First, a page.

It’s been a very mild fall, so far. Up until last week, we’ve had temperatures in the 60s here in Vermont. Very pleasant, but not entirely becalming. So, now that we’ve finally had some snow, and – alhamdulillah – a break from work, I can take the kids out and enjoy some of what makes the New England winters bearable.
With this in mind, I’ve been thinking about a conversation I had with one of my students: as of this Sunday, the rich nations have essentially given up on trying to negotiate a binding agreement for the post-Kyoto period. As a result, next week’s round of climate talks in Durban, South Africa is unlikely to end with new commitments to address climate change after the Protocol expires in 2012. At present, the optimistic scenario is that an agreement might be signed and enter into force at the earliest, 2020.
The Usual Suspects
The usual suspects are to blame for this impasse. Developed nations are essentially making the argument enshrined in the US’ own Byrd-Hagel Resolution – that any future agreement must include binding targets for less developed countries (LDCs). LDCs counter with the observations that 1) given the long lifetime of GHGs (over 100 years for CO2), and 2) the wealth disparity between the rich and the poor made possible by rampant industrialization, the richer nations are primarily responsible for the current predicament. Indeed, one study by the Oxford Institute for Energy Studies carried out for the scientific advisory body for the UNFCCC assessed that the industrialized world, with 15% of the world’s population, is responsible for 64 – 70% of current global warming (PDF). Consequently, any action taken by LDCs should be voluntary, not mandatory, and should be accompanied with far more financial and technical assistance such that the costs of environmental regulation do not harm nascent economies.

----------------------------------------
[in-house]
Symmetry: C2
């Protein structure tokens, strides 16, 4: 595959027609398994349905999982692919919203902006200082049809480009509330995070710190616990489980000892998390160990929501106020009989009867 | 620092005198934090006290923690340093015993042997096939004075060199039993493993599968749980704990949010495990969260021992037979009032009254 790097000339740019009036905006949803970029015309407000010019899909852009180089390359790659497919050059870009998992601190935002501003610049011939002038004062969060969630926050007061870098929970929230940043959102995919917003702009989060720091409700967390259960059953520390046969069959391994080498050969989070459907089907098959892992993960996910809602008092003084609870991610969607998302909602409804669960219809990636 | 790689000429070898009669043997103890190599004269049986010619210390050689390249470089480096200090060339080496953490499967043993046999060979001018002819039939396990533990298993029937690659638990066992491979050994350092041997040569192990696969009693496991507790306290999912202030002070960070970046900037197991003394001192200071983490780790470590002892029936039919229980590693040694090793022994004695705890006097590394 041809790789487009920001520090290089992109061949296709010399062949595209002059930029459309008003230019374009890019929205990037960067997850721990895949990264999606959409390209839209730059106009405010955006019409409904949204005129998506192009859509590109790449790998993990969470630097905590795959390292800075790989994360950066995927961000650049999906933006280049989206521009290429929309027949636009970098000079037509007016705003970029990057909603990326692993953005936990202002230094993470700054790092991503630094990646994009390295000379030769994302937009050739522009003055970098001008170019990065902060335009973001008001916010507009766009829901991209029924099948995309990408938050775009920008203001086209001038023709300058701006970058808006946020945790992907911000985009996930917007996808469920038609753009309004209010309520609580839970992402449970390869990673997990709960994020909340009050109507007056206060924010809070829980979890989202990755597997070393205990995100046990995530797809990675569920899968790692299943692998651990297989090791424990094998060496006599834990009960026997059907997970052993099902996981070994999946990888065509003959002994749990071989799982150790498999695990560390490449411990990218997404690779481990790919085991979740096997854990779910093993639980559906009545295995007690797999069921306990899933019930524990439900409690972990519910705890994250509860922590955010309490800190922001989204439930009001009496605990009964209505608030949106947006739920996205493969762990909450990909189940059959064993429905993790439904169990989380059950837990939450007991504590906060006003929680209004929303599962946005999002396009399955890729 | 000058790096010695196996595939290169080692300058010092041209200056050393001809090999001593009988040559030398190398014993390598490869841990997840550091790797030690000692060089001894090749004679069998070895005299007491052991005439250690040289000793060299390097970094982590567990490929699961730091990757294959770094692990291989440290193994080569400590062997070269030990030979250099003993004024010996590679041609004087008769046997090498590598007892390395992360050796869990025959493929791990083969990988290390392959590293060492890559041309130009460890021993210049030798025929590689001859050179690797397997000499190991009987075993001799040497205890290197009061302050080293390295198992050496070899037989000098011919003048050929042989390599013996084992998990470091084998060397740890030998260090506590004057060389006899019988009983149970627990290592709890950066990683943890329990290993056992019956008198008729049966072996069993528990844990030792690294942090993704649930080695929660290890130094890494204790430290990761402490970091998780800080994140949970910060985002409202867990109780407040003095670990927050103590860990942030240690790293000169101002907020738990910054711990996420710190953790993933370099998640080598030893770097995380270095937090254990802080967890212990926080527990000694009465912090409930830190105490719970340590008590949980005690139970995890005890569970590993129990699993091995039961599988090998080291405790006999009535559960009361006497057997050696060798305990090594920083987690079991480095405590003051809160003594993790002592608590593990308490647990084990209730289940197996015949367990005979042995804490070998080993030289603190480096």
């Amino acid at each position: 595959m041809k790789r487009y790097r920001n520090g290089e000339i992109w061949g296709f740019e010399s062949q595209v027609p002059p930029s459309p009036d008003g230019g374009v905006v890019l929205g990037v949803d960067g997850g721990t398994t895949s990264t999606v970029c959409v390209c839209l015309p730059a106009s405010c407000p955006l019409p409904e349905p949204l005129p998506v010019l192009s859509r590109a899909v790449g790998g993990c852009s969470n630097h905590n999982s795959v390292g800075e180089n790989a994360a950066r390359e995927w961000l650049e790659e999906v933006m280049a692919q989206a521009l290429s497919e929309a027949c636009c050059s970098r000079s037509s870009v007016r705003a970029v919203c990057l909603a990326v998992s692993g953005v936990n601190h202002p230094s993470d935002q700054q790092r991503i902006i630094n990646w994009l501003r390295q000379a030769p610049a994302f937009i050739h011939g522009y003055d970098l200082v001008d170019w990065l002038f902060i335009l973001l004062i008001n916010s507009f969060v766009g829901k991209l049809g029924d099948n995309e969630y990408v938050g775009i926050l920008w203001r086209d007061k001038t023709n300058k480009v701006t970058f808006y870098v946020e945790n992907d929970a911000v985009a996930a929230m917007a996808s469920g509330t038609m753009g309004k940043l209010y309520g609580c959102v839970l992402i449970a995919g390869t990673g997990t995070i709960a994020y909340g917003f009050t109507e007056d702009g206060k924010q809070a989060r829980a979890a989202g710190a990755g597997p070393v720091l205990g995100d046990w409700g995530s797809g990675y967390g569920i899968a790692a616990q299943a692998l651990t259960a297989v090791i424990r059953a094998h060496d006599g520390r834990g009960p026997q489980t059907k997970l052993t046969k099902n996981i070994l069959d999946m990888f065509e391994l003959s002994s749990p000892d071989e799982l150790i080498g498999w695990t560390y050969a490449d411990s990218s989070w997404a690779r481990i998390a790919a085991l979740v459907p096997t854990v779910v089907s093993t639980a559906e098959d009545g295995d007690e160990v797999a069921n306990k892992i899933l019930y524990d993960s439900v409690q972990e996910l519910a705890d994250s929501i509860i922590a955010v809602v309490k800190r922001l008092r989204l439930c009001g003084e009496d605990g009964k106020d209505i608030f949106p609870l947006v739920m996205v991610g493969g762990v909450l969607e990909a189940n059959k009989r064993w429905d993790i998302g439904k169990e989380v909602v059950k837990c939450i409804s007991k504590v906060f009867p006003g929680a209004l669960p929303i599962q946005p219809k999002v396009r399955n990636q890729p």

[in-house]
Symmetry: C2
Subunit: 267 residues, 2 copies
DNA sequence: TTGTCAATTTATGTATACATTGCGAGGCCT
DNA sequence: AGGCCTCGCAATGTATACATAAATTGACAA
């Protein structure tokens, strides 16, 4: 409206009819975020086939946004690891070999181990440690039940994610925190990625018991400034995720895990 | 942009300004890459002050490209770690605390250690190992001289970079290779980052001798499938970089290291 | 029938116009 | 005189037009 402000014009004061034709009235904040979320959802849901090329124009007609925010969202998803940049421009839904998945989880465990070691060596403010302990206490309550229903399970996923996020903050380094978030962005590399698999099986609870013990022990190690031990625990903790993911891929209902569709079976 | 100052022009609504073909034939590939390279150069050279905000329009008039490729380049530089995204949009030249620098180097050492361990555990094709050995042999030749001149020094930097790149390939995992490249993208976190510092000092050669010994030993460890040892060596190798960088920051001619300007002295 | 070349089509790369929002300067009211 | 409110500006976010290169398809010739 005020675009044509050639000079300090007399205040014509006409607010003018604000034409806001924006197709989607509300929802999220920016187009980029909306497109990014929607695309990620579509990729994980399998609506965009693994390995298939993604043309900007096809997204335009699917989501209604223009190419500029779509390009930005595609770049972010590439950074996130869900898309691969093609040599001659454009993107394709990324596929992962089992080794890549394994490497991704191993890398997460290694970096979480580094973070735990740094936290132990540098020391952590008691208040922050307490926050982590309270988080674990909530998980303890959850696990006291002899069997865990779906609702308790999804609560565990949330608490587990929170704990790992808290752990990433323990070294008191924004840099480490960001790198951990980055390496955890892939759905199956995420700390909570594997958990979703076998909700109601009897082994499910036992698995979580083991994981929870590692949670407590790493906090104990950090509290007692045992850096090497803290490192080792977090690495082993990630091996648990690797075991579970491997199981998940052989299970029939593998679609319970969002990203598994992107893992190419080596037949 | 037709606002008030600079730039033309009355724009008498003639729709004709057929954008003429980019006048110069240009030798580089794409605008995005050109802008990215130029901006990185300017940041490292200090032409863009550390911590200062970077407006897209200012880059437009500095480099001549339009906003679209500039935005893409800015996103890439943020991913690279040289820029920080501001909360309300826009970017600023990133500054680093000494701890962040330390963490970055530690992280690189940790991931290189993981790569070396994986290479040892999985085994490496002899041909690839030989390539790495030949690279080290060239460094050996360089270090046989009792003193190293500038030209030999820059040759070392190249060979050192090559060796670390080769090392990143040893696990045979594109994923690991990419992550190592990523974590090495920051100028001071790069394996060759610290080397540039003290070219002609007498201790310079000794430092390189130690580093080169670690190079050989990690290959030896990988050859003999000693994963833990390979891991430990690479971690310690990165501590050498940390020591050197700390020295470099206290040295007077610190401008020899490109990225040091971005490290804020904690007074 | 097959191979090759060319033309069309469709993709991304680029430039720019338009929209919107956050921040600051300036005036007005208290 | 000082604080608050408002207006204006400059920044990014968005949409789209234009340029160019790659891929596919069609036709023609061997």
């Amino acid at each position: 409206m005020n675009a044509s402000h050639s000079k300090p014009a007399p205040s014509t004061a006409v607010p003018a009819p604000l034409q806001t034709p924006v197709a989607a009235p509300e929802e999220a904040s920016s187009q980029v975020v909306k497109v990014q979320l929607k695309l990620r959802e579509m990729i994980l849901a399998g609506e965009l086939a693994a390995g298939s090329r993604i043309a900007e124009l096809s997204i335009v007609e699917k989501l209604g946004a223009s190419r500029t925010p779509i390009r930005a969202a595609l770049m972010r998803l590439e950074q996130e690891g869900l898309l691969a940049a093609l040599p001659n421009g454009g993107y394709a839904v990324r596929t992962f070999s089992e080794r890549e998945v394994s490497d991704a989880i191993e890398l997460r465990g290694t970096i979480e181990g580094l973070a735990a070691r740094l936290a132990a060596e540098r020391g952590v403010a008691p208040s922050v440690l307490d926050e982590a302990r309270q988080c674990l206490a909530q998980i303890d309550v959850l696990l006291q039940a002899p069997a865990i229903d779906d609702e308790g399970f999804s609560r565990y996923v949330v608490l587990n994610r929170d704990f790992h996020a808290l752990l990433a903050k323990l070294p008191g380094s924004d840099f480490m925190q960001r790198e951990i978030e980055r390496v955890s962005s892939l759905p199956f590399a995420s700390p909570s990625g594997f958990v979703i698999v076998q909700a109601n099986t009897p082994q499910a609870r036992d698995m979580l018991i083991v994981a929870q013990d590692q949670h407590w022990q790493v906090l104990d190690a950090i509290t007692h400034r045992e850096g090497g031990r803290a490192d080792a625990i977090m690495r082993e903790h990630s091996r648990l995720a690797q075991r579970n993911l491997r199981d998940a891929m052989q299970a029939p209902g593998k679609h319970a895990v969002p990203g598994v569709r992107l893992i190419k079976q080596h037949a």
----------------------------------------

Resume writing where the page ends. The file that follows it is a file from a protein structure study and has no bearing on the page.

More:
Concerned observers note that without a binding agreement, it is unlikely that nations will be willing to cut emissions after 2012. Problematically, we currently have an accumulation of 389ppm of CO2 in the atmosphere. Further, according to the IPCC and the National Climatic Data Center of NOAA, we are adding more CO2 at the rate of 1.9ppm per year – by 2020, we will have, at that rate, 406ppm of CO2, or just over the 400ppm recommended to keep an increase of global mean temperatures below 2 degrees above the current norm.
So what’s the upshot? Those in favor of institutions note that they are potentially extremely helpful in regulating international problems. In short, they institutionalize monitoring, provide transparency, encourage iterated discussions among parties, and provide consistent benchmarks against which progress can be measured. On the other hand, skeptics counter that this begs the question: why should we assume that the requirements encoded in institutions are meaningful? Indeed, some say that the tendency in international regimes is that states are likely to commit only to institutions and obligations that satisfy the least ambitious among them. Problematically, the rules encoded in such unambitious institutions are probably going to be ineffective solutions at best. As a result, the best bet is that sufficient global attention around the issue has been generated that domestic populations will independently drive improved behavior. A long shot, but perhaps more likely than hoping for a serious international agreement.